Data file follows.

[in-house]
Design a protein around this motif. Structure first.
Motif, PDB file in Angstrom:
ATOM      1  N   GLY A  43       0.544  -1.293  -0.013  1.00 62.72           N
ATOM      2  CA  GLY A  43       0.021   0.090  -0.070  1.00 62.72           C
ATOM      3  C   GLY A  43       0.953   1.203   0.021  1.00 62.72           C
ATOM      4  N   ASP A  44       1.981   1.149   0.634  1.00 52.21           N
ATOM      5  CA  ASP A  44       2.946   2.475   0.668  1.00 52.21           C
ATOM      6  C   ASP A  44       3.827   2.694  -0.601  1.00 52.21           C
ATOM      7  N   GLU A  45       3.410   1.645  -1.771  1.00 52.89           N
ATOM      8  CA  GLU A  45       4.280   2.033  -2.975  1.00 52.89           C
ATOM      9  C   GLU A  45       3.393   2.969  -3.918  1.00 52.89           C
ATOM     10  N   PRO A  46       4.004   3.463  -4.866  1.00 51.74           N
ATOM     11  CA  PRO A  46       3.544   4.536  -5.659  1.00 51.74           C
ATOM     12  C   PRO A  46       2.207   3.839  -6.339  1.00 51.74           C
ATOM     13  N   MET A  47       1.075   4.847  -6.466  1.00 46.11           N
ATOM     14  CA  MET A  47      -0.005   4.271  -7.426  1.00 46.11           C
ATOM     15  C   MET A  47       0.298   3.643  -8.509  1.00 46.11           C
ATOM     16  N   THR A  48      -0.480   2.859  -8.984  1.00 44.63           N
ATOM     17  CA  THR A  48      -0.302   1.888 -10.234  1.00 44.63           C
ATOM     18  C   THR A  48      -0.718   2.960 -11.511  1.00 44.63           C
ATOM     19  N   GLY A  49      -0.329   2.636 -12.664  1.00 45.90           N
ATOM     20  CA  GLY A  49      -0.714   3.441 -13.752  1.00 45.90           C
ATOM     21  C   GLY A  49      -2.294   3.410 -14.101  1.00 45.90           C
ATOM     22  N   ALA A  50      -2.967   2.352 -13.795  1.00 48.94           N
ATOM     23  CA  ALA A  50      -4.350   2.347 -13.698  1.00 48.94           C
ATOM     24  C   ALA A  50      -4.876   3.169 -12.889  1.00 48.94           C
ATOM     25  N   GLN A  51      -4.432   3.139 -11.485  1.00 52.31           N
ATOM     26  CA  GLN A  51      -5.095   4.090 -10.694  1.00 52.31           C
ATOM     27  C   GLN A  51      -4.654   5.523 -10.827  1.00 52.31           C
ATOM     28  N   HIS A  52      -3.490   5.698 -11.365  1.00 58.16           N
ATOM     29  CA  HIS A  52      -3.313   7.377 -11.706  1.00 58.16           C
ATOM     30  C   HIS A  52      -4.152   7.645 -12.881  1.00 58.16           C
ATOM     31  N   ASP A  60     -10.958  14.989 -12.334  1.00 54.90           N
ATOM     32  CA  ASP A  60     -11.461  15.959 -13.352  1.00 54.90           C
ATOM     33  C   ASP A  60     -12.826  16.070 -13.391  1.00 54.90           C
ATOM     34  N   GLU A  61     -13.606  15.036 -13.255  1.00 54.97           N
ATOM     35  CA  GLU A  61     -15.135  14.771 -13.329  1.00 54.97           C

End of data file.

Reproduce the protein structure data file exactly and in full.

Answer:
[in-house]
Design a protein around this motif. Structure first.
Motif, PDB file in Angstrom:
ATOM      1  N   GLY A  43       0.544  -1.293  -0.013  1.00 62.72           N
ATOM      2  CA  GLY A  43       0.021   0.090  -0.070  1.00 62.72           C
ATOM      3  C   GLY A  43       0.953   1.203   0.021  1.00 62.72           C
ATOM      4  N   ASP A  44       1.981   1.149   0.634  1.00 52.21           N
ATOM      5  CA  ASP A  44       2.946   2.475   0.668  1.00 52.21           C
ATOM      6  C   ASP A  44       3.827   2.694  -0.601  1.00 52.21           C
ATOM      7  N   GLU A  45       3.410   1.645  -1.771  1.00 52.89           N
ATOM      8  CA  GLU A  45       4.280   2.033  -2.975  1.00 52.89           C
ATOM      9  C   GLU A  45       3.393   2.969  -3.918  1.00 52.89           C
ATOM     10  N   PRO A  46       4.004   3.463  -4.866  1.00 51.74           N
ATOM     11  CA  PRO A  46       3.544   4.536  -5.659  1.00 51.74           C
ATOM     12  C   PRO A  46       2.207   3.839  -6.339  1.00 51.74           C
ATOM     13  N   MET A  47       1.075   4.847  -6.466  1.00 46.11           N
ATOM     14  CA  MET A  47      -0.005   4.271  -7.426  1.00 46.11           C
ATOM     15  C   MET A  47       0.298   3.643  -8.509  1.00 46.11           C
ATOM     16  N   THR A  48      -0.480   2.859  -8.984  1.00 44.63           N
ATOM     17  CA  THR A  48      -0.302   1.888 -10.234  1.00 44.63           C
ATOM     18  C   THR A  48      -0.718   2.960 -11.511  1.00 44.63           C
ATOM     19  N   GLY A  49      -0.329   2.636 -12.664  1.00 45.90           N
ATOM     20  CA  GLY A  49      -0.714   3.441 -13.752  1.00 45.90           C
ATOM     21  C   GLY A  49      -2.294   3.410 -14.101  1.00 45.90           C
ATOM     22  N   ALA A  50      -2.967   2.352 -13.795  1.00 48.94           N
ATOM     23  CA  ALA A  50      -4.350   2.347 -13.698  1.00 48.94           C
ATOM     24  C   ALA A  50      -4.876   3.169 -12.889  1.00 48.94           C
ATOM     25  N   GLN A  51      -4.432   3.139 -11.485  1.00 52.31           N
ATOM     26  CA  GLN A  51      -5.095   4.090 -10.694  1.00 52.31           C
ATOM     27  C   GLN A  51      -4.654   5.523 -10.827  1.00 52.31           C
ATOM     28  N   HIS A  52      -3.490   5.698 -11.365  1.00 58.16           N
ATOM     29  CA  HIS A  52      -3.313   7.377 -11.706  1.00 58.16           C
ATOM     30  C   HIS A  52      -4.152   7.645 -12.881  1.00 58.16           C
ATOM     31  N   ASP A  60     -10.958  14.989 -12.334  1.00 54.90           N
ATOM     32  CA  ASP A  60     -11.461  15.959 -13.352  1.00 54.90           C
ATOM     33  C   ASP A  60     -12.826  16.070 -13.391  1.00 54.90           C
ATOM     34  N   GLU A  61     -13.606  15.036 -13.255  1.00 54.97           N
ATOM     35  CA  GLU A  61     -15.135  14.771 -13.329  1.00 54.97           C